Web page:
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Gardening with Hannah Genders

Natural play

Posted on October 21 2011 at 1:19:06 0 comments

Hannah Genders helps youngsters to get away from the screen and into the great outdoors.

O ver the past six months I have had the privilege of working with two schools, looking at their outdoor space and helping to encourage the staff and pupils to use the school landscape for learning and natural play.

There has been a movement in recent years towards more playgrounds using natural materials and allowing children to take risks and play outdoors, in the ways that many of us in the current adult population would have taken for granted in our childhoods.

Recent research shows that children spend half as much time as we did engaging in unstructured outdoor play, and that an average child now will spend only four to seven minutes’ playing outside each day, against seven hours in front of an electronic screen.

The natural play movement is trying to redress this balance and encourage children not only to play outside in their own gardens, but also to use the landscape around school buildings for learning, exploring, building confidence and engaging with nature.

I have always had a strong belief in the importance of being in touch with the natural world for both children and adults, so it was great to have the chance to work first hand with children and staff. 

The two school projects were very different in what they wanted to gain from more outdoor learning. The first school, in Broadwas near Worcester, already had some very good facilities: these included a pond, a storytelling area, a vegetable garden and a secret garden.

The youngest class were already doing a regular outdoor session and the school wanted more involvement throughout all the age groups.

With this in mind we arranged several outdoor sessions for the whole school, including pond dipping which was a hit with all the age groups, looking at what was already in the pond and how to increase the habitat for more wildlife.

We had a day of den building – not only was this great fun, but the children also learned about teamwork, design and construction, and listening to each other’s ideas. They created some great spaces and came back to play in them during the school day.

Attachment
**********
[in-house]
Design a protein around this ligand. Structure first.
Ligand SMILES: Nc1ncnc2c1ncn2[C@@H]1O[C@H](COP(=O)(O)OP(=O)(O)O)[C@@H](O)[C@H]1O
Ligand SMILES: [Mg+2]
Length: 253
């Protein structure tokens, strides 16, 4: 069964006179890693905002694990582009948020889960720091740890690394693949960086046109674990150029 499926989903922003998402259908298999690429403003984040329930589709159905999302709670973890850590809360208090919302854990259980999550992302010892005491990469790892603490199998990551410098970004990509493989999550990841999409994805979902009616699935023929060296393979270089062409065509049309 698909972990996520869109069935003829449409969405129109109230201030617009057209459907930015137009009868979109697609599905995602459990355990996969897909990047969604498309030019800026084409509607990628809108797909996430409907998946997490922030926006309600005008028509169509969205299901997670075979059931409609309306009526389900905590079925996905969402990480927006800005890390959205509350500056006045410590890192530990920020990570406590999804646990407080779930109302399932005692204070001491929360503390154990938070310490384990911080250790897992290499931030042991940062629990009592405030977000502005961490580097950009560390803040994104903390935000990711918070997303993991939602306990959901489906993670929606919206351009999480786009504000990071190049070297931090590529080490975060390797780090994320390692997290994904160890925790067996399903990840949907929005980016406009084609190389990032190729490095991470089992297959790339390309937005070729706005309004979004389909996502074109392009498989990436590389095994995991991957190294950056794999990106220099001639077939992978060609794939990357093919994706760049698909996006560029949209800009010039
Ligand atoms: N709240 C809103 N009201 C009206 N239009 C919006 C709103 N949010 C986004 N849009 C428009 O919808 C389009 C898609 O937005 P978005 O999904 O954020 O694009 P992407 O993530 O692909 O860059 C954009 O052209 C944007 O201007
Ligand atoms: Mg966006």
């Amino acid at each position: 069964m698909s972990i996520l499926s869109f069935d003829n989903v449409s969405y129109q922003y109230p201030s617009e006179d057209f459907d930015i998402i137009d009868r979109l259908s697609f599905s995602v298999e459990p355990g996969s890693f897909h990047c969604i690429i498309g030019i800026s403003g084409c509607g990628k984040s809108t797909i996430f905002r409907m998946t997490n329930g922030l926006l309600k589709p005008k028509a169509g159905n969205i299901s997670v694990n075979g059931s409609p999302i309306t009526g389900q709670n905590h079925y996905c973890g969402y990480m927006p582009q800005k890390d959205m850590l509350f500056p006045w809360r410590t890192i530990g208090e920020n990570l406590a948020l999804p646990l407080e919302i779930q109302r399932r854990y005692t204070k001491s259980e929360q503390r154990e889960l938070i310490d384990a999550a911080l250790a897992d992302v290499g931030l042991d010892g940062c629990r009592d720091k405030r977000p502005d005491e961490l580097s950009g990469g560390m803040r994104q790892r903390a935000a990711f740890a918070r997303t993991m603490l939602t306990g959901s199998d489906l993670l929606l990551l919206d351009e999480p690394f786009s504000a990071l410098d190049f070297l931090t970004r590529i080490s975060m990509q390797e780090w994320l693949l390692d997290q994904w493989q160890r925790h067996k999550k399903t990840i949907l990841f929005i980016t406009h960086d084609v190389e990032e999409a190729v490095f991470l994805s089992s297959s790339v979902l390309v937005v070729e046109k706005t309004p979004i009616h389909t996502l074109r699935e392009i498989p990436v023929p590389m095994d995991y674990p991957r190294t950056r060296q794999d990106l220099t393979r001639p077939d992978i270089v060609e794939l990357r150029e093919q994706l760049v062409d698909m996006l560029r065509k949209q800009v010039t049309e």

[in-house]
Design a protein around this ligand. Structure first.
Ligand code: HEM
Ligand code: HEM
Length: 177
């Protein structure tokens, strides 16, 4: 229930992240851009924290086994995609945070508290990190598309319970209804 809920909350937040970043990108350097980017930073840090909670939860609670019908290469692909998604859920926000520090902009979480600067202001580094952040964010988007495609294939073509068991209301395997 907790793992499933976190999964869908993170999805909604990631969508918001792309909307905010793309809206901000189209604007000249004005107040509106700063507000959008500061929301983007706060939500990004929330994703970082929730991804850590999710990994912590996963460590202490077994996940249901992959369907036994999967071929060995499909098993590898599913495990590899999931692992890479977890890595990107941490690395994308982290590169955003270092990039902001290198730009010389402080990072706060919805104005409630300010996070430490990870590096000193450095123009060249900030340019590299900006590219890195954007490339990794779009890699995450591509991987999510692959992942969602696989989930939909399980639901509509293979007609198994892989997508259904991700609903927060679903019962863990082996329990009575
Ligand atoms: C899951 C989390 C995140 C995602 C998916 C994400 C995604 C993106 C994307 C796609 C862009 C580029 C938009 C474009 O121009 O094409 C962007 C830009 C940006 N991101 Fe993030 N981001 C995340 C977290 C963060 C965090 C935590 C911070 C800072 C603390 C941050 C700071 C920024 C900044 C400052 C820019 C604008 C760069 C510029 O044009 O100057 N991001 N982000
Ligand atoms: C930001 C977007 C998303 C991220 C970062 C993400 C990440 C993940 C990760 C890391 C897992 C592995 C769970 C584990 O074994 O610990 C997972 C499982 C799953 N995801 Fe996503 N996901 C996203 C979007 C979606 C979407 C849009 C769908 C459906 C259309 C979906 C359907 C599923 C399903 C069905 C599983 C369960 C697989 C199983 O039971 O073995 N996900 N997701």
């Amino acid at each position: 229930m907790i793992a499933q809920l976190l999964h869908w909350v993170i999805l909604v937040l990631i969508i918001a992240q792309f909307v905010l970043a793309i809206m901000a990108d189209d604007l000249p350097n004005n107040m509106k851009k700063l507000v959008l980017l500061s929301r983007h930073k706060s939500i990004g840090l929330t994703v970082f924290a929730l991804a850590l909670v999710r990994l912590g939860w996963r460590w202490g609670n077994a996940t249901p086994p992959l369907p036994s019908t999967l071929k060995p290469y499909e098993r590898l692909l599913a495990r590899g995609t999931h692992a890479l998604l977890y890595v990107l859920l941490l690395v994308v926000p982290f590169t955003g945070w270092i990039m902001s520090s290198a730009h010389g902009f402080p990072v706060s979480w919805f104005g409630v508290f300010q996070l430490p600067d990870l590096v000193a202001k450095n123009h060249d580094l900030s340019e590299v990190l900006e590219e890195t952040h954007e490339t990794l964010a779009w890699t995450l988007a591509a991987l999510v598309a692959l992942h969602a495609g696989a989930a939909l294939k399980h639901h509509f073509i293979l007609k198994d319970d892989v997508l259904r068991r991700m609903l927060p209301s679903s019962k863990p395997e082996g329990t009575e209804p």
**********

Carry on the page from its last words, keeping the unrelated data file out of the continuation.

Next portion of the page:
In fact one group also learned first hand about nature as a female pheasant decided to nest in their den while they were indoors having lunch – we found her sitting on eggs when we came out again!

The value of a den building area where the materials remain all the time and the children are free to create their own space is enormous; it really gives them chance to explore their own ideas and creativity. There is opportunity for social interaction but also time to sit and think in an outdoor environment.

This school is also fortunate to have a secret space which is enclosed and under trees, and for the final session one teacher had worked with the children to create “natural faces” on the tree trunks. They loved it and were very proud of what they had done.

We also had a rhythms workshop where we made chimes from bamboo to test the different sounds and then went all over the school playgrounds playing out rhythms on different trees, logs and fences.

The second school I worked with was just over the border into Herefordshire. The school had acquired a small piece of land from a local farmer, but had nothing in it – so the children designed this space from scratch.

We started by measuring the plot, using each other to measure, using tools, checking the aspect to work out where the sunniest part would be, and we did soil tests, which involved rolling soil into a ball in our hands – this went down very well. The children couldn’t believe they were allowed to get muddy at school.

The result of our work together is a lovely outdoor play area, which the children have really taken ownership of. It has some raised beds for growing vegetables, a stage (their own idea for performing outdoors), a den-building area, fire pit and small bog garden.

On some occasions we have done the simplest tasks like weeding or moving soil, but they always tackle any jobs outdoors with such enthusiasm that I have become even more convinced of the value of this sort of project.

If you have an area in your garden which could be given over to a natural play area, have a go and encourage your children to spend more time in the great outdoors.


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